“Within the senior squad, you are probably looking at upward of 80 percent coming through either the school, the youth set-up or having been a part of the club for several years having arrived on their volition. There are a lot of brothers and family connections within our squad, so taking that forward is key.”

One of the success stories this season has been teenage scrum-half Kyle McGhie, who is an East Lothian boy and arrived at the club last summer after leaving nearby Loretto School.

“He played a bit of Sevens for us at the tail-end of last season, and he’s been fantastic this year,” says Paterson. “He’s a very good young player who has really pushed himself forward, and we’ve done all we can to support and promote him. He’s got the recognition he deserves with his call-up to the Scotland Under-20s squad, and he’s now getting attention from the Super 6 sides, which is great because it shows that young players don’t necessarily have to be in the top flight to advance their playing prospects.

Tight-head prop Colin Arthur has also been a key man. “We’ve based a lot of our game around our scrum, which has been a really good platform, but his ball-carrying has also been outstanding,” Paterson explains.

“And the players’ player of the year was inside-centre Rory Watt,” he adds. “Sometimes you see the value of a player when he is not playing, and that was evident in a couple of games when he was out, and we just missed that focal point at 12.”

A few members of the squad have previously had Premiership experience, including skipper Owenson and back-row Michael Maltman with Heriot’s, plus stand-off Danny Owenson with Gala back in the days were they were near the top of the tree and competing in the British and Irish Cup.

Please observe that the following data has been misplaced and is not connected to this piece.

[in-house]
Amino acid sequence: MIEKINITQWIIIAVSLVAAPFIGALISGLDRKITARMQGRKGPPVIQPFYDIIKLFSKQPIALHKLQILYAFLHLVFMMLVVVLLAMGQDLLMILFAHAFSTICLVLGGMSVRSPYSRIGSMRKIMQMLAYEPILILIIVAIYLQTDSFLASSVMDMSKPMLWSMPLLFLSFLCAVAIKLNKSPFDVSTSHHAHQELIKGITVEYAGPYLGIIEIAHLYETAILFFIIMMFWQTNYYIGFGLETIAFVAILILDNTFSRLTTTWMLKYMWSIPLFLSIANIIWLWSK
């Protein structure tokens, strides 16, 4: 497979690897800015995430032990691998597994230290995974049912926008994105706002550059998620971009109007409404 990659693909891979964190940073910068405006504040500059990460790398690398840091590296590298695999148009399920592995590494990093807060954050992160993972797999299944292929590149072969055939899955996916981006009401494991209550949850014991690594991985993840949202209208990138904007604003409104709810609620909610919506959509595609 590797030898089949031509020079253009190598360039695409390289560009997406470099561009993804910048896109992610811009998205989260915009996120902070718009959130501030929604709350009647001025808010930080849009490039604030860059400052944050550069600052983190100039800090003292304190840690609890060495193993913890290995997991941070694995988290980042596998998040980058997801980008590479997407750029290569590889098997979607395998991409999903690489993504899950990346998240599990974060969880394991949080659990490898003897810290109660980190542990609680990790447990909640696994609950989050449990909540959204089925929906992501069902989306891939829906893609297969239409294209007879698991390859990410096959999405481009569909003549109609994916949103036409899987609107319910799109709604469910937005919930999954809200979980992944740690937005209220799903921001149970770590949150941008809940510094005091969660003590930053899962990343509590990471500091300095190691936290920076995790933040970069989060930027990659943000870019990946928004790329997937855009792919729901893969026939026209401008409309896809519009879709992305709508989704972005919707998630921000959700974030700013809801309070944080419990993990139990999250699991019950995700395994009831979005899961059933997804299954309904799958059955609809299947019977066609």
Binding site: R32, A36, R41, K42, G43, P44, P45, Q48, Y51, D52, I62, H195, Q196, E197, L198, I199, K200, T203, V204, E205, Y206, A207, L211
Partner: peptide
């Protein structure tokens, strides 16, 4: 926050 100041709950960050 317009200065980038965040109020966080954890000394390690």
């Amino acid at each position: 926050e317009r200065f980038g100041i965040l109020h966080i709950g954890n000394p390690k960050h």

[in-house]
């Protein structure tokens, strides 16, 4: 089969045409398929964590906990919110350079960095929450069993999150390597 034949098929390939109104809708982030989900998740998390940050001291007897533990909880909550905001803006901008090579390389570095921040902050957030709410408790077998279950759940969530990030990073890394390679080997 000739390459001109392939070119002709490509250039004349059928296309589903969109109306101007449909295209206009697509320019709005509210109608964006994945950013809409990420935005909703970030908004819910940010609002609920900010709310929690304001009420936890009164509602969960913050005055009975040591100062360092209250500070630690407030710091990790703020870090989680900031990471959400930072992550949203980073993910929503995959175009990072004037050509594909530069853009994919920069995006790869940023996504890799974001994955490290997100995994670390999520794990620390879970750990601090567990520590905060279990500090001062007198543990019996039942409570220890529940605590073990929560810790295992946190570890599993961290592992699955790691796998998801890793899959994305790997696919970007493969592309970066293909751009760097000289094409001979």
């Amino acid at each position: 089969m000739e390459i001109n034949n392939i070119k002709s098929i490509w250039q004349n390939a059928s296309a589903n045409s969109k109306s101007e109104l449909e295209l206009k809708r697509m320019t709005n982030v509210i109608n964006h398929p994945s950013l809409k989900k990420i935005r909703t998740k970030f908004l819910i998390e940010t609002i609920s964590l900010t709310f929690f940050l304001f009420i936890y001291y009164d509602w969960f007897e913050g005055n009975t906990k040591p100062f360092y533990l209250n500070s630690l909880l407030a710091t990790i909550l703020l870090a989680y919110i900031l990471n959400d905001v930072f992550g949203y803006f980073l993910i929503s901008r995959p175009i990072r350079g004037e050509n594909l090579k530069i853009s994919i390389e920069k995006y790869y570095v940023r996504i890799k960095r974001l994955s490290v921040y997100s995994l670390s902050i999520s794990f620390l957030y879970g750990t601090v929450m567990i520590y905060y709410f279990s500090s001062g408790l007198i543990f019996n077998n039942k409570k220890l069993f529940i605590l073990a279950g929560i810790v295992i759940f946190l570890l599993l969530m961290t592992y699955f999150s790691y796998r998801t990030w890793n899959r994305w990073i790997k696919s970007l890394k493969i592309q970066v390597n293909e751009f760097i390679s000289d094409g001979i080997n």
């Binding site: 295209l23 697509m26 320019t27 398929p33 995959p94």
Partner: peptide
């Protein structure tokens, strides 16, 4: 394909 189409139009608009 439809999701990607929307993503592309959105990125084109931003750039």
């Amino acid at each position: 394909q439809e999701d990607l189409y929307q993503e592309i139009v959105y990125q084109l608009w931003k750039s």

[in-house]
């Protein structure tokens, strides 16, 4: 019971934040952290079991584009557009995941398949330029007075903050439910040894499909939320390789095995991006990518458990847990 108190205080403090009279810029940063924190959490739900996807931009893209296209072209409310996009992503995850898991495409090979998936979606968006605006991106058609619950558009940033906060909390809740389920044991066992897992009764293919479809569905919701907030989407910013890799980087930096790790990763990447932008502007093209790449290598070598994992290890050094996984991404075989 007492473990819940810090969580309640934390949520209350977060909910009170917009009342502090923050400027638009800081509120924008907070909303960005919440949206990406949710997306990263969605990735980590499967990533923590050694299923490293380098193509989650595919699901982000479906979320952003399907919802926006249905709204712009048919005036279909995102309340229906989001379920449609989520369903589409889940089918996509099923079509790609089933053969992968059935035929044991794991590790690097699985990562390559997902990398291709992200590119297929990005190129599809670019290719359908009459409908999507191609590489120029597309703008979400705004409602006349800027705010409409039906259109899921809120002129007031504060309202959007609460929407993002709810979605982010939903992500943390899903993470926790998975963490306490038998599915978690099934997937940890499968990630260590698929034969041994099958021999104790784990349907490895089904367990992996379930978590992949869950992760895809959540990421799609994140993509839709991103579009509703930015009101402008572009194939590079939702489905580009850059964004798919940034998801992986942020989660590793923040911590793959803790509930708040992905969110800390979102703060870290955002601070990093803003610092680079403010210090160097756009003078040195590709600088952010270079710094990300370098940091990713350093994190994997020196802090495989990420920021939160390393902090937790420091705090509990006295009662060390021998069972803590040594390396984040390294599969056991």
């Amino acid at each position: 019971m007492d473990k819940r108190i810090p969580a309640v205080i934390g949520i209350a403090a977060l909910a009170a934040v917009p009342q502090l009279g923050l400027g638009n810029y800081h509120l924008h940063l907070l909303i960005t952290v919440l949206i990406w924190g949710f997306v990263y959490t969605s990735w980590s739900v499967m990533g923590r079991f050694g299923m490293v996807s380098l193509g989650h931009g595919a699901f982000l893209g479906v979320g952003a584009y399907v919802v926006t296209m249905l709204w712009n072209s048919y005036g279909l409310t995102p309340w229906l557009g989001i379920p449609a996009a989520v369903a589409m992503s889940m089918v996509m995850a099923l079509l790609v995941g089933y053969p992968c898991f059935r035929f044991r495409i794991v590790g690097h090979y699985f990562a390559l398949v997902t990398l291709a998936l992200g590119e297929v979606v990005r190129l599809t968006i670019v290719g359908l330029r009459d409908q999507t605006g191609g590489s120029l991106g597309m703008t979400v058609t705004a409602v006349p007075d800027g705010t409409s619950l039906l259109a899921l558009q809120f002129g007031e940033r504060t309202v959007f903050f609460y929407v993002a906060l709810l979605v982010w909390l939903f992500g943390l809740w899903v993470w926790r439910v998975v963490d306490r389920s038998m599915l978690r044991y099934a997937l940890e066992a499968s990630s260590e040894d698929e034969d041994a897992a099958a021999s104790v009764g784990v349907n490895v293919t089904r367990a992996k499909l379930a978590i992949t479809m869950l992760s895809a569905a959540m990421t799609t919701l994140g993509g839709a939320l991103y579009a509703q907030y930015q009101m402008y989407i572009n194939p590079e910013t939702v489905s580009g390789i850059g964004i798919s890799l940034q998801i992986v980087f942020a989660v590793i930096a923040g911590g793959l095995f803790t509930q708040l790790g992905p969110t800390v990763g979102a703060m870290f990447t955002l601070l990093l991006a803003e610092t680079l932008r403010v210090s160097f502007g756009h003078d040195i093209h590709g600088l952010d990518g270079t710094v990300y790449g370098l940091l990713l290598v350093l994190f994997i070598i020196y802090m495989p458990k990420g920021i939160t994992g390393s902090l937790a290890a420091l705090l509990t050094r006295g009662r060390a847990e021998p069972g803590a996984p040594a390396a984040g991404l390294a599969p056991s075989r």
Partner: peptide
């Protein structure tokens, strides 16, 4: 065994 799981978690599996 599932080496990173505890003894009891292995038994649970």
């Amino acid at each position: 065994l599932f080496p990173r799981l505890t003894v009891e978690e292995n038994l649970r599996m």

New broom

“It is great to have that experience, which has been invaluable, but there is also a bit of a new broom element which often happens with a club when there is a change of coach, which leads to players feeling refreshed and re-engaged,” says Paterson, who has been working alongside David Officer as backs coach this season. “Rugby is a simple game made complicated by coaches and players, so we’ve not tried to be too clever – just concentrate on the core things to make the players better individually, which contributes to the collective being stronger.

“It’s not a dictatorship, it about everybody taking ownership, so a lot of it is about getting players involved in how we are going to play, where we see our strengths and weaknesses, and how we feedback after a game. One of the important things for us as coaches is being able to step back a wee bit and let the team go.

“If we don’t make it up this year then we’ll work hard to give ourselves an opportunity to do it next season,” he concludes. “From our conversations so far with the boys, we’re not expecting a player-drain if we don’t make the Premiership, although one or two guys will move on to a higher level with all our best wishes.

“There is so much unknown about how things are going to look next year – like, how strong are the Super 6 ‘Club XVs’ will  be – so all we can do is focus on playing at the highest level we can, and if that’s National One then so be it. If you go up, you deserve to go up.”

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About David Barnes 4026 Articles
David has worked as a freelance rugby journalist since 2004 covering every level of the game in Scotland for publications including The Herald/Sunday Herald, The Sunday Times, The Telegraph, The Scotsman/Scotland on Sunday/Evening News, The Daily Record, The Daily Mail/Mail on Sunday and The Sun.